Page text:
A new survey shows that despite the economy, logistics companies fared well in 2011 as more shippers turned to their customized services. There were trouble spots, though, as the 19th Annual Survey of Third-Party Logistics Providers revealed that 26% of firms failed to meet their financial projections for 2011, up from 14% in 2010.
The survey was conducted by Dr. Robert Lieb, professor of Supply Chain Management at Northeastern University. Joe Gallick, senior vice president of sales for Penske Logistics presented it along with Dr. Lieb this week at the Council of Supply Chain Management Professionals Annual Global Conference. Penske Logistics sponsors the yearly report.
The survey analyzed responses from 31 large third-party logistics (3PL) company CEOs across North America, Europe and Asia-Pacific whose companies were responsible for generating approximately $45 billion in revenue in 2011.
The report was co-authored by Dr. Kristin Lieb, assistant professor of marketing communications, Emerson College. It was underwritten by Penske Logistics, a provider of third-party logistics services.
The survey noted that despite the increase in companies failing to meet expectations, none of the businesses surveyed lost money in 2011 and none of the CEOs believed the industry as a whole operated at a loss for the year.
“That says these companies are becoming a lot better at adjusting their level of activity based on what the customer demand looks like,” Dr. Robert Lieb said in an interview on Penske Logistics’ Move Ahead blog.
Globally, 63% of companies either met or exceeded their revenue projections and 71% of these logistics companies experienced moderate profitability during 2011, the survey said. However, Europe continues to struggle, with 25% of companies there experiencing unprofitability.
“The difficulties facing the European market today mirror the economic instability North American logistics companies faced a few years ago,” said Dr. Robert Lieb. “Globally, industry growth and company profitability continue to increase, but at a much slower rate. As we move forward, CEOs are being cautious, forecasting lower revenue growth projections over the next three years.”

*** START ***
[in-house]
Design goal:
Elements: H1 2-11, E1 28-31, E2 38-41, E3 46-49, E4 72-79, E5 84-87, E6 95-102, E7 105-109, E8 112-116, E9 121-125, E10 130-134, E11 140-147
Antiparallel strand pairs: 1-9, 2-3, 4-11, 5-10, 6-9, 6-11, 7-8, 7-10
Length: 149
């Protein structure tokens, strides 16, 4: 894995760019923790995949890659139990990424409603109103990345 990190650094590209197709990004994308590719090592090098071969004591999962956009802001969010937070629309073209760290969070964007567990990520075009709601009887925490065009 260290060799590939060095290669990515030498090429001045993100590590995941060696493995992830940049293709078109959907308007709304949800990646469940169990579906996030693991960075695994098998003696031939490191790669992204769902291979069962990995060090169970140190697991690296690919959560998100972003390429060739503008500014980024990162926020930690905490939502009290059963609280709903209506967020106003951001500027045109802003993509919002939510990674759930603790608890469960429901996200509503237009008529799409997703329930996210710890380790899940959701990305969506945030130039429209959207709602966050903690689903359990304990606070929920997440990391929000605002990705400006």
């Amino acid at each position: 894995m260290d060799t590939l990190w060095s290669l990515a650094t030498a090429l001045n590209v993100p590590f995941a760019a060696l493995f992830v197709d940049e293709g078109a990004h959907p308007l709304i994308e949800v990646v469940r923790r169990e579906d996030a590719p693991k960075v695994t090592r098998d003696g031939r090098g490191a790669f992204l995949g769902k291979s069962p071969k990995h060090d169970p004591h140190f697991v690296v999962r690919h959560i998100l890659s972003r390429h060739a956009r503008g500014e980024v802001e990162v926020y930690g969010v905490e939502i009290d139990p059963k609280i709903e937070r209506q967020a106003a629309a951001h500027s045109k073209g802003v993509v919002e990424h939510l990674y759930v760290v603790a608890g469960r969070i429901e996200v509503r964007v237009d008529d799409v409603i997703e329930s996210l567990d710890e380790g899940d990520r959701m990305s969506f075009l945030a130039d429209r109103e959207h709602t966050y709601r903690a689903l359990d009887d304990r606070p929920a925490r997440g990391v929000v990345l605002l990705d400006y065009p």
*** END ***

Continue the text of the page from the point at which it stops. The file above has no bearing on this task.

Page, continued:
Growth areas over the next three years will include the healthcare industry, the CEOs said. Healthcare clients accounted for 6% of regional revenues in 2011, but projections suggest these will grow to 11% by 2014.
“Our aging population and ongoing technological innovations have led to a proliferation of medical devices and equipment for large and mid-sized distributors,” said Gallick. “As these companies grow, the increasing complexity and higher costs of managing logistics internally make a compelling case for collaborating with a third-party logistics provider who can help them design and implement more efficient transportation and distribution solutions.”
The survey also predicts all regions will likely see lower revenue growth over the next year as they look to increase flexibility through more collaboration and integration of supply chain activities.
“There are some concerns that they have started to see some slowdown in the second half of 2012 and there are concerns heading into 2013,” Dr. Robert Lieb said in the Move Ahead blog post.
Gallick said another development is occurring, thanks in part to fuel and equipment costs, the driver shortage and the growing maze of regulations such as CSA and hours of service.
“The 3PL survey data reveals what we see every day, namely that the increasing complexity and higher costs of running and owning a private truck fleet, for example, make a very compelling case for switching to a dedicated transportation solution,” he said in the Move Ahead blog.
One company that is focused on growing its business is C.H. Robinson Worldwide. The company has announced a new division called ChemSolutions. This division will focus on providing logistics solutions such as multimodal transport and safety, customs brokerage, global trade management and vendor and supplier compliance for chemical manufacturers worldwide.
A research note from Zacks Equity Research on C.H. Robinson Worldwide’s plans noted the growing trend toward 3PL services.
“We believe the demand of 3PL services is rapidly growing as shippers seek cost-effective, one-stop solutions for their freight forwarding requirements,” the note said. “Given the vulnerability involved in chemical shipment, it is important for the shipper to seek logistics services from companies that have expertise in handling chemicals shipments. Given CH Robinson’s network and service capabilities in freight services, we believe the company will be able to tap potential opportunities in the new business and foster its presence in the global freight market.”
According to Zacks, logistics providers are also taking advantage of European growth and the lack of capabilities of transport firms there.
“Most of the shipping is taking place in countries stretching from East to West Europe or on a transcontinental basis. However, given the lack of service capabilities within the European truck industry, 3PL carriers like C.H. Robinson are benefiting from this new business opportunity,” the note said.
Zacks did state that the market for freight forwarding and customs brokerage is extremely competitive right now and expected to remain so in the near future.
Dr. Robert Lieb, though, cautioned that the fragile economy of Europe could still have a major impact on 3PL services here.
“Much of what happens here is going to be contingent on what happens in other parts of the world,” Lieb said. “If the Eurozone financial situation gets worse, that affects us because the economies are so closely linked.”